Syracuse

11.6

81

21

122

2

10

32

24

Anthony Barber

NC State

12.0

73

26

103

2

9

29

25

Jermaine Lawrence

Cincinnati

4.2

43

18

88

10

12

8

26

Rysheed Jordan

St. John's

6.9

41

25

96

8

8

24

27

Keith Frazier

SMU

6.5

40

19

108

3

9

15

27

Nigel Williams-Goss

Washington

12.3

79

23

99

4

12

27

29

Zak Irvin

Michigan

8.2

43

20

120

5

10

8

30

Kuran Iverson

Memphis

2.1

16

22

74

9

11

17

30

JaJuan Johnson

Marquette

6.1

36

17

117

1

7

14

32

Semi Ojeleye

Duke

2.6

9

20

114

12

11

3

33

Demetrius Jackson

Notre Dame

7.4

61

15

120

2

11

13

34

Matt Jones

Duke

2.8

20

19

98

5

6

4

34

Sindarius Thornwell

S. Carolina

10.8

64

24

101

5

11

14

36

Branden Greene

Kansas

2.3

12

20

88

0

12

9

37

Tyler Roberson

Syracuse

2.9

15

21

93

10

23

7

38

Jordan Mickey

LSU

14.1

78

21

109

9

16

6

39

Eric Mika

BYU

13.9

62

23

116

13

12

8

40

Conner Frankamp

Kansas

1.7

13

17

91

2

11

10

40

Nick King

Memphis

5.8

25

29

100

14

21

6

42

Johnathan Williams III

Missouri

6.8

68

16

112

16

16

5

44

Derrick Walton

Michigan

7.6

62

20

98

1

11

20

45

Christian Wood

UNLV

5.0

27

18

116

7

19

6

46

Roddy Peters

Maryland

6.6

51

23

94

2

5

32

47

Moses Kingsley

Arkansas

6.1

26

21

136

19

21

4

49

Zach LaVine

UCLA

12.4

63

19

124

2

9

14

50

Anton Gill

Louisville

1.6

11

16

105

3

17

5

Outside the Top 20, there are no guarantees. Tennessee’s Robert Hubbs, Cincinnati’s Jermaine Lawrence, and Memphis’ Kuran Iverson all have struggled with turnovers or shot selection this year. But the point of these tables isn’t to pick on the players with slow starts. The point is to praise players, who despite not wowing every recruiting service have dominated for their team.

For example, UCLA’s Zach LaVine has been much better than similarly ranked players. Thanks to his team’s tempo, his impressive efficiency, and his ability to earn his coaches trust and get playing time, LaVine has been scoring at an impressive rate this year.

And everyone has been raving about Tyler Ennis. His assist rate of 32 is tied for the top rate in the Top 50. But what makes it all the more remarkable is his extremely low turnover rate. It is shocking for someone that handles the ball as much as Ennis to turn it over only 11% of the time. His ability to create for others in such an efficient manner means that even when Ennis doesn’t have a big scoring day, he still makes Syracuse better.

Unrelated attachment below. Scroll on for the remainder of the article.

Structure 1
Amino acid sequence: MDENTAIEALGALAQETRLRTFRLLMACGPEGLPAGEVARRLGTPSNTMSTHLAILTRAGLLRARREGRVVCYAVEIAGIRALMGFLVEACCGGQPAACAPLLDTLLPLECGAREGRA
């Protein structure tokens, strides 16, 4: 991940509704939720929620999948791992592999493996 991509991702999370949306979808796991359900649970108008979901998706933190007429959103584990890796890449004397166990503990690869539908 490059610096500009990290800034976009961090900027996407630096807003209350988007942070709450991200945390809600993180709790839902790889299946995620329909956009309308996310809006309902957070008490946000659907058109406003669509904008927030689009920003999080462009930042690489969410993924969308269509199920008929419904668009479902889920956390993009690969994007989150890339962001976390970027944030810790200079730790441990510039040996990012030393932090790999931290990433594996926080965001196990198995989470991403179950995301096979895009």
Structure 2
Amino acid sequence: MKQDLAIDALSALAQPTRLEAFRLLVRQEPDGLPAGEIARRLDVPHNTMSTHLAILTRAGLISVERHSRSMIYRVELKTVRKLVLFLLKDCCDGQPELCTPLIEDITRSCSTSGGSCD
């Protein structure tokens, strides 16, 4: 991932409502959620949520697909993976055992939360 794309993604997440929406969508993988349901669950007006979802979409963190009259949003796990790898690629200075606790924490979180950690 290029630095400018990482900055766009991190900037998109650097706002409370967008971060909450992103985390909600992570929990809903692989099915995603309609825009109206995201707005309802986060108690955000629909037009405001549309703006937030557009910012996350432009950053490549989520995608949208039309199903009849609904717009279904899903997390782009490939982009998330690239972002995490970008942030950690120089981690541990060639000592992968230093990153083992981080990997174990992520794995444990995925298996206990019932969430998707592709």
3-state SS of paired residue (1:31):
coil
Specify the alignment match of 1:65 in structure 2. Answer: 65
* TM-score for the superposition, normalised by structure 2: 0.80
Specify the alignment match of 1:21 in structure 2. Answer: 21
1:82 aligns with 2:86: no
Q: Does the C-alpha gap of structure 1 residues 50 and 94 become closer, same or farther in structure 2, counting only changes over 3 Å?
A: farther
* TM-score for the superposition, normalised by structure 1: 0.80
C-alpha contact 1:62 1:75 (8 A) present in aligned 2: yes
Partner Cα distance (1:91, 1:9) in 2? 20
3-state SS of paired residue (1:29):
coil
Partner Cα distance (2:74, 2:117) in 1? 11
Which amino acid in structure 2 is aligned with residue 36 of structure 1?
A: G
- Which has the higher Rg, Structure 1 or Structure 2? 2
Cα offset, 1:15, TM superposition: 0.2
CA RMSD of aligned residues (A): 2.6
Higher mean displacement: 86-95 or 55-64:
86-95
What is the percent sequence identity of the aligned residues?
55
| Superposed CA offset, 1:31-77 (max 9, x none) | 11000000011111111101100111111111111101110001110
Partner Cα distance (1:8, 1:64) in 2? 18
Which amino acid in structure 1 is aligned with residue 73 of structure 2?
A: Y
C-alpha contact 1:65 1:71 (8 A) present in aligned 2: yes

Yes, Syracuse struggled against Miami on Saturday thanks to Cooney’s poor afternoon. But with Cooney’s shooting last year, and Ennis’ non-elite recruiting rank, I expected there to be a lot more frustrating afternoons for the Orange this year. Instead Ennis’s steady play has turned Syracuse from a Top 10 team into the clear ACC favorite.

And Ennis’s production is even more impressive when you compare him to other PGs outside the Top 20. St. John’s Rysheed Jordan was similarly ranked, but his inability to make 3’s or intermediate jumpers has hurt his overall game and limited his playing time. Michigan’s Derrick Walton has a less than impressive assist-to-turnover ratio and is not a reliable creator. Maryland’s Roddy Peter’s really struggles with TOs. And in the end, St. John’s, Michigan, and Maryland have all been disappointments. It is not automatic that PGs outside the Top 20 will step in and dominate, and that’s why Ennis deserves all the more praise for his fine play.

A few other thoughts:

-If anyone should be complaining about playing time, it is Duke’s Semi Ojeleye. But Duke’s biggest weakness is the lack of a shot-blocker in the middle, and as an undersized forward Ojeleye can’t fill that role.

-SMU resurgence has mostly been fueled without Top 100 recruits, but it doesn’t hurt to have one on the roster. With the SMU-Connecticut game tied on Saturday, Frazier’s assist, three, and driving basket in transition broke the game open in SMU’s favor.

-LSU’s Jordan Mickey has 43 blocks so far.

-Missouri’s Johnathan Williams hasn’t been asked to score much given the Tigers talented guards. But his offensive rebounding has still been a huge asset.

-Michigan’s  Zak Irvin is a big wing/guard, and I wondered whether he was going to get stuck behind Nik Stauskas and Glenn Robinson. But what I forgot was that John Beilein really knows how to find shooters. Even at 6’6”, Irvin has a natural 3 point shot, and you can never have too many outside shooters. Irvin’s points were particularly valuable in the Minnesota game given that Glenn Robinson went down early with an injury.

Click Here for Part 2